Friday, August 27, 2010

Are E-Books Worth the Money?

[Thanks to TCGirl]

Are E-Books Worth the Money?, WSJ article.

A bit funny, that article, the author holds it as an advantage for some ebook readers that they don't have any wifi or 3G connection, because "That means fewer impulse purchases". 
But he has some interesting points, and he mentions one statistic which made me sit up:
While e-books are still in an early stage—the Association of American Publishers says that so far this year they account for 8% of consumer books, compared to just 3% in 2009—the growth rate is dramatic. (This is one of the problems besetting Barnes & Noble, which has just announced a quarterly loss following a decline in sales of traditional books.)

That is amazing. Up from three to eight percent in one year! Profits are much bigger on ebooks than paperbooks, and as sales rise, Amazon and others will push the devices like crazy, because it's now or never to grab for market domination. I think it's possible that in a year, you can buy a Kindle for $50, and a smaller iPad or iPad-like device for $200.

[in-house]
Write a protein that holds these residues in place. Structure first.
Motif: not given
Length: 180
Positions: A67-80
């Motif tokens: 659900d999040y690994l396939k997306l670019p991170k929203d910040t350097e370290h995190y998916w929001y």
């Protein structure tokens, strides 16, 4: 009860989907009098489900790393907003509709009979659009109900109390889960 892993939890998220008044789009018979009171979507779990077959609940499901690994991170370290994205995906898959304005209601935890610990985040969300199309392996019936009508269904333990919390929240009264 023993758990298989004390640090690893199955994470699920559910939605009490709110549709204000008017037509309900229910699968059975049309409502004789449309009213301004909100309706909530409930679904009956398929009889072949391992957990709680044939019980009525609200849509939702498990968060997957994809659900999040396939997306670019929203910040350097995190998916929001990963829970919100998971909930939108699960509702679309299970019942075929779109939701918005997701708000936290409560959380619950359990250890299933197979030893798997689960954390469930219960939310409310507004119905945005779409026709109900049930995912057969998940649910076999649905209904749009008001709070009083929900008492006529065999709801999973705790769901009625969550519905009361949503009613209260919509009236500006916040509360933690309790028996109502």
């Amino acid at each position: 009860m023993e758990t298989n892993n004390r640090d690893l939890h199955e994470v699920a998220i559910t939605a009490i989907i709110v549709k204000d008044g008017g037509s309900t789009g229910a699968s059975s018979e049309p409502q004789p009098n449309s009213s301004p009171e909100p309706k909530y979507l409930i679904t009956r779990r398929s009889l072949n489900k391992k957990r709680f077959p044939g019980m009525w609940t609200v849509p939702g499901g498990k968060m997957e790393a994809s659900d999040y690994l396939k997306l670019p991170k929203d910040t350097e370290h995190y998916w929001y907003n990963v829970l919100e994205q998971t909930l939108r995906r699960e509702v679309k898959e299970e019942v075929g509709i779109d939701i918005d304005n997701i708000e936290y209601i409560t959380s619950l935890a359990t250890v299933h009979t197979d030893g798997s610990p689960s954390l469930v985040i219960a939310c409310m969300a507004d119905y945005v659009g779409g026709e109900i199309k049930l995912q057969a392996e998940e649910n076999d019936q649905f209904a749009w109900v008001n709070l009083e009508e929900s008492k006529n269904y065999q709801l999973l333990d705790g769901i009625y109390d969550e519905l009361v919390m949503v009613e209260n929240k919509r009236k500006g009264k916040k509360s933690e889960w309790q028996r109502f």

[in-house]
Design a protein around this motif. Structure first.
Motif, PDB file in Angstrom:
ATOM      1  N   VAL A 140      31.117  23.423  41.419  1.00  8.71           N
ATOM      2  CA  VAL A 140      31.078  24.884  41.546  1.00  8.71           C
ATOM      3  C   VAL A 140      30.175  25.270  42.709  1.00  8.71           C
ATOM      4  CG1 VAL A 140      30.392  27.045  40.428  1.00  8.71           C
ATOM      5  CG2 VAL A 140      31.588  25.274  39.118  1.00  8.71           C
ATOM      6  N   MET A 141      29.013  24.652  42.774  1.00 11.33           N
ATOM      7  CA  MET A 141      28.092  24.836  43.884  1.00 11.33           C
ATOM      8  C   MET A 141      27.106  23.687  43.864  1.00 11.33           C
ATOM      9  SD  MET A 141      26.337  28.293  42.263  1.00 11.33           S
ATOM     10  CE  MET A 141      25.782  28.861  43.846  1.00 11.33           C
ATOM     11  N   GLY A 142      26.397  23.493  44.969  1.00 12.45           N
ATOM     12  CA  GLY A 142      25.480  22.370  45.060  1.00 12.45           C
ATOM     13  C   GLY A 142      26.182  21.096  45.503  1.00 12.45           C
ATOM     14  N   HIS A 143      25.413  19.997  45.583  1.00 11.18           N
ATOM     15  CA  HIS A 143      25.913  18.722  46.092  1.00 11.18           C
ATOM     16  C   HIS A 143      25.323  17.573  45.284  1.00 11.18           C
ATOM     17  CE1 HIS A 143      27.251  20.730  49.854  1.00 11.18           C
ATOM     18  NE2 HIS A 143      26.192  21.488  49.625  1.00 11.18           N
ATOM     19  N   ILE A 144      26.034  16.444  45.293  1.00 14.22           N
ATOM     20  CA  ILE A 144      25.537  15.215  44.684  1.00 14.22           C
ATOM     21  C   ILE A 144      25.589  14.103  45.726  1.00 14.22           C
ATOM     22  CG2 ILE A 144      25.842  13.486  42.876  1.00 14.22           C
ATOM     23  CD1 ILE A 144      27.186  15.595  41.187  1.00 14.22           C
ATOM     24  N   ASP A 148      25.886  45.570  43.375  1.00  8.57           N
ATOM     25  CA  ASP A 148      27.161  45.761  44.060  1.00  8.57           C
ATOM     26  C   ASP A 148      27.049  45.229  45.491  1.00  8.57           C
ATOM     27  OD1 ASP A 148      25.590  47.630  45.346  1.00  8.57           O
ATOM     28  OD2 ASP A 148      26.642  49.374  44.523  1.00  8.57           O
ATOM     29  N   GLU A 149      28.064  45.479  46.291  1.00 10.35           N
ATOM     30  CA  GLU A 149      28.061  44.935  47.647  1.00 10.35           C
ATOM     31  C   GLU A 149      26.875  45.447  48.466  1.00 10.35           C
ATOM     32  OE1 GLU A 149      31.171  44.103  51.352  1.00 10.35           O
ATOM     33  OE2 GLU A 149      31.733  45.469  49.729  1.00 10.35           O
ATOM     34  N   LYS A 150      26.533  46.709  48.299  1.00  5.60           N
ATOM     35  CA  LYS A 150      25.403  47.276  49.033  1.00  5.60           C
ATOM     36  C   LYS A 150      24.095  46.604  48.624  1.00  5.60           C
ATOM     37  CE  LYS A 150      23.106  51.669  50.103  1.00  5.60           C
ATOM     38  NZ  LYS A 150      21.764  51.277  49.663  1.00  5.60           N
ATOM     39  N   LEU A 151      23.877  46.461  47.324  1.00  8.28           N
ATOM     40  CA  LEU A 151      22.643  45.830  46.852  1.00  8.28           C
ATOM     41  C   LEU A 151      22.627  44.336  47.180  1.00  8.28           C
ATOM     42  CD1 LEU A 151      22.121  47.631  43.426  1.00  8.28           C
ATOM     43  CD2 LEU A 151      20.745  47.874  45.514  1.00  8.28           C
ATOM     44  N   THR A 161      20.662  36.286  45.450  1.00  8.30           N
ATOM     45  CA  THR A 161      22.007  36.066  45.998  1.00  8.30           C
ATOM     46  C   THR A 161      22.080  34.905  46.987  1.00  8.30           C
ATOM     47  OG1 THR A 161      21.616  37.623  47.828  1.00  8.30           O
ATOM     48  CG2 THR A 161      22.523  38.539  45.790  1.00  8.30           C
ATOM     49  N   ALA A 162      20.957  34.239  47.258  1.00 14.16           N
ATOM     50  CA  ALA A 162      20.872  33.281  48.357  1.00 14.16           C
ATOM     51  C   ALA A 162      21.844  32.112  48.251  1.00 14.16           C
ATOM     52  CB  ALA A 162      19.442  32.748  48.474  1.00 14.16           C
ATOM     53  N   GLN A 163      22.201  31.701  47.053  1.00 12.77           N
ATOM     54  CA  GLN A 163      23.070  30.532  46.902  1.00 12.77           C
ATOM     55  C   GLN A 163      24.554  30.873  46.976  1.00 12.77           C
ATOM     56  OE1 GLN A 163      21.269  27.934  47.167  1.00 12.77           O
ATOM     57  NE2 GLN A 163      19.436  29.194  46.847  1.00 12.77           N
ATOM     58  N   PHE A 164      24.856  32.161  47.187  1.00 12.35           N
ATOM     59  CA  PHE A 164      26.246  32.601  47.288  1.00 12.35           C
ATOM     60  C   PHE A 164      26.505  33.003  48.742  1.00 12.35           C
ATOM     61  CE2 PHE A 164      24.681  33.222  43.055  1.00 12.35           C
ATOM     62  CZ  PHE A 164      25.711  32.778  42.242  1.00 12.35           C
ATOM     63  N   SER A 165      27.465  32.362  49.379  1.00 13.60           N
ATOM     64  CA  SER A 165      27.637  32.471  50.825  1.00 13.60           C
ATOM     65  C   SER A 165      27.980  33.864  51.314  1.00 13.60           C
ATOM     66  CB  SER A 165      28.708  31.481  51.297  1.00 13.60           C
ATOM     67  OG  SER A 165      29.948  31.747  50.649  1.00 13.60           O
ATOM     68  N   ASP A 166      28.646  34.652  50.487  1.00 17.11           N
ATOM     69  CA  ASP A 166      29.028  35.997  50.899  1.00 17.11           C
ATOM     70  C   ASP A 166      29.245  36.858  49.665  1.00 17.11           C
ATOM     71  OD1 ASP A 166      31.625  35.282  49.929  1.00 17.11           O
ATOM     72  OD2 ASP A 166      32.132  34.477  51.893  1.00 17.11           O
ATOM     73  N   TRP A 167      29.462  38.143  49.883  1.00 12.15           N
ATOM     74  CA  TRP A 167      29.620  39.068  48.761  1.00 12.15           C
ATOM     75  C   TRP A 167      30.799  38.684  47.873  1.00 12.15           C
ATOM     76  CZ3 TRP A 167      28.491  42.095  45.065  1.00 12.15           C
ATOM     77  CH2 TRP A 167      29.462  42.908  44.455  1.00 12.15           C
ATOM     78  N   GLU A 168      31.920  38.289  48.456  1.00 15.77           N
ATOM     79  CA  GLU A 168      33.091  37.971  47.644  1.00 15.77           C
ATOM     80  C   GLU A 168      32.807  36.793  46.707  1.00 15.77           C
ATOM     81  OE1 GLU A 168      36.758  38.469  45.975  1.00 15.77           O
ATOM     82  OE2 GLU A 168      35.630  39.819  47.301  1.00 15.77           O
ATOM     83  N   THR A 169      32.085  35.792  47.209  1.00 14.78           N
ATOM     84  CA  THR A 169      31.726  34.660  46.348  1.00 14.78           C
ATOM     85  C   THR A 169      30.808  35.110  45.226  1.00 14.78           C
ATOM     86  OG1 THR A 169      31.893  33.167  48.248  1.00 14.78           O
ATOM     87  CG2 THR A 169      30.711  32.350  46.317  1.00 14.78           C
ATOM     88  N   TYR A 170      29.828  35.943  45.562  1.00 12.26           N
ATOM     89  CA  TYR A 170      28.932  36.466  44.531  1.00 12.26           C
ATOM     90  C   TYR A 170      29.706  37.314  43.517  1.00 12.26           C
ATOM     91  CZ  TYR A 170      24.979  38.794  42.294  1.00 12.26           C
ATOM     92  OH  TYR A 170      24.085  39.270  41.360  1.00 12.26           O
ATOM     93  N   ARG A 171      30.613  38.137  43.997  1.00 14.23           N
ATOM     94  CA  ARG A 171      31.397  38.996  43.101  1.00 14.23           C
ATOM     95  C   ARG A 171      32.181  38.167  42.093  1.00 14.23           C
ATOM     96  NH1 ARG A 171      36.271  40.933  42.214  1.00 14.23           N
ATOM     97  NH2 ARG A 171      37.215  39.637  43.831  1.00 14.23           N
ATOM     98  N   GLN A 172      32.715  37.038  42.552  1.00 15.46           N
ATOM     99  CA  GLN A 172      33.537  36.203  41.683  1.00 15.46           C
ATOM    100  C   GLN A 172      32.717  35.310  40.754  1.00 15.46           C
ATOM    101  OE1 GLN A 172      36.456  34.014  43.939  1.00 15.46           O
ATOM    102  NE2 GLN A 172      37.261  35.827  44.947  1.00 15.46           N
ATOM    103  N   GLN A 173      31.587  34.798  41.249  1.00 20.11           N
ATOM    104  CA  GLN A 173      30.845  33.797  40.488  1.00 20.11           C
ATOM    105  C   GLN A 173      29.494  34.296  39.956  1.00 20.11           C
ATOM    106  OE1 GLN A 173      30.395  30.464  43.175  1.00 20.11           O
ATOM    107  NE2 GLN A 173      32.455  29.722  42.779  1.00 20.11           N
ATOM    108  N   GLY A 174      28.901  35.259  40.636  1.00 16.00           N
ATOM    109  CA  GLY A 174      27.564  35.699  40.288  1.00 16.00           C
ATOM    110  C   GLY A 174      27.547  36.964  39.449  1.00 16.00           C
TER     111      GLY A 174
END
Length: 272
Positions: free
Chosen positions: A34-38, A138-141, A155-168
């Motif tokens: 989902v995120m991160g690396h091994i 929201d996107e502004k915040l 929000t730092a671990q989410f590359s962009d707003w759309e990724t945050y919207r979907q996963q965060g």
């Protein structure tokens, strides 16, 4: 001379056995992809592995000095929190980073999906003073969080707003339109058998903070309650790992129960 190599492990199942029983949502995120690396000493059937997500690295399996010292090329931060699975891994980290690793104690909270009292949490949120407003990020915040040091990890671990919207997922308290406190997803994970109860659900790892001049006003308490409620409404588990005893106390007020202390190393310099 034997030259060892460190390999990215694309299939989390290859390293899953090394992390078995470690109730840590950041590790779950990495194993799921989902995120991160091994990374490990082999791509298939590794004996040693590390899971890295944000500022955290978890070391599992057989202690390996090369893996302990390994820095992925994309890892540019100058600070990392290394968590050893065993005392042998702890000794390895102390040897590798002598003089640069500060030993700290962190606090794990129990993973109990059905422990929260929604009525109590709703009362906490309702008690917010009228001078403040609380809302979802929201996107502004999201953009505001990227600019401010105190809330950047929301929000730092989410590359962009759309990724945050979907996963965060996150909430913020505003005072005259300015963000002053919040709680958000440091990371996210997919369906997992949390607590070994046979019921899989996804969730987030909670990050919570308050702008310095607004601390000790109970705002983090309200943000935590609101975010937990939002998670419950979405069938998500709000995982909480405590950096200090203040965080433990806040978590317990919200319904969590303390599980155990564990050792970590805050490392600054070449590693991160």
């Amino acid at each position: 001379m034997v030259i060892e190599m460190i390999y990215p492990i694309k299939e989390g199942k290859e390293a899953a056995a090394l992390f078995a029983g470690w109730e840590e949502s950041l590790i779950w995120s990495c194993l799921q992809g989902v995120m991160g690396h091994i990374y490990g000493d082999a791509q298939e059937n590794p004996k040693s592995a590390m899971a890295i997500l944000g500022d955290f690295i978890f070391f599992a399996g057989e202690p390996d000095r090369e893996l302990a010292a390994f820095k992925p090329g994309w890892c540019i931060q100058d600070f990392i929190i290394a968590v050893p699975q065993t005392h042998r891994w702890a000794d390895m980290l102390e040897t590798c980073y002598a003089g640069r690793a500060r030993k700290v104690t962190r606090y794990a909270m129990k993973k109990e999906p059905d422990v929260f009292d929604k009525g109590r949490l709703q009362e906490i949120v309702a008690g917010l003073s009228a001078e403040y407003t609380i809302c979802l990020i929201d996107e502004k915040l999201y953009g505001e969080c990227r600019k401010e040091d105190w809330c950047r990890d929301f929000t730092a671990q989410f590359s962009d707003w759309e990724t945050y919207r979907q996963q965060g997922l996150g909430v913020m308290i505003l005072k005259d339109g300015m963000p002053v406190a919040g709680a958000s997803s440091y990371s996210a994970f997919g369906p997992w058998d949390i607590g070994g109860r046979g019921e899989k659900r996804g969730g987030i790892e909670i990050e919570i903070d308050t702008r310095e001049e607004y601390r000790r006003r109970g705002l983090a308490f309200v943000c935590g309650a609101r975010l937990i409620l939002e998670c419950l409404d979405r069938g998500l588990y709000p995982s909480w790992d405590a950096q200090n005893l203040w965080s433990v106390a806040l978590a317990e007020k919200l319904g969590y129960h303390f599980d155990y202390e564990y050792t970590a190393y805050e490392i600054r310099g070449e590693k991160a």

It is starting. Remember CDs? Buying any this year? I bought maybe three CDs last year, and those were only the ones I could not find on iTunes or even over bittorrent.

1 comment:

Anonymous said...

All the points in the article are well taken. However I find a need to annotate a particular verse or phrase that strikes me. Books on paper lend themselves good for that purpose. I know this can be done with an ebook, but there is a certain feeling I get about committing written word to pages of a real book.
I am older, so please forgive me.
For the latest book release of Steig Erikson the eBook does fine. The price point of eBooks of the popular variety does seem a bit like usury.
The market will shift that, but dedicated eBook readers may have to endure and pony up for a while.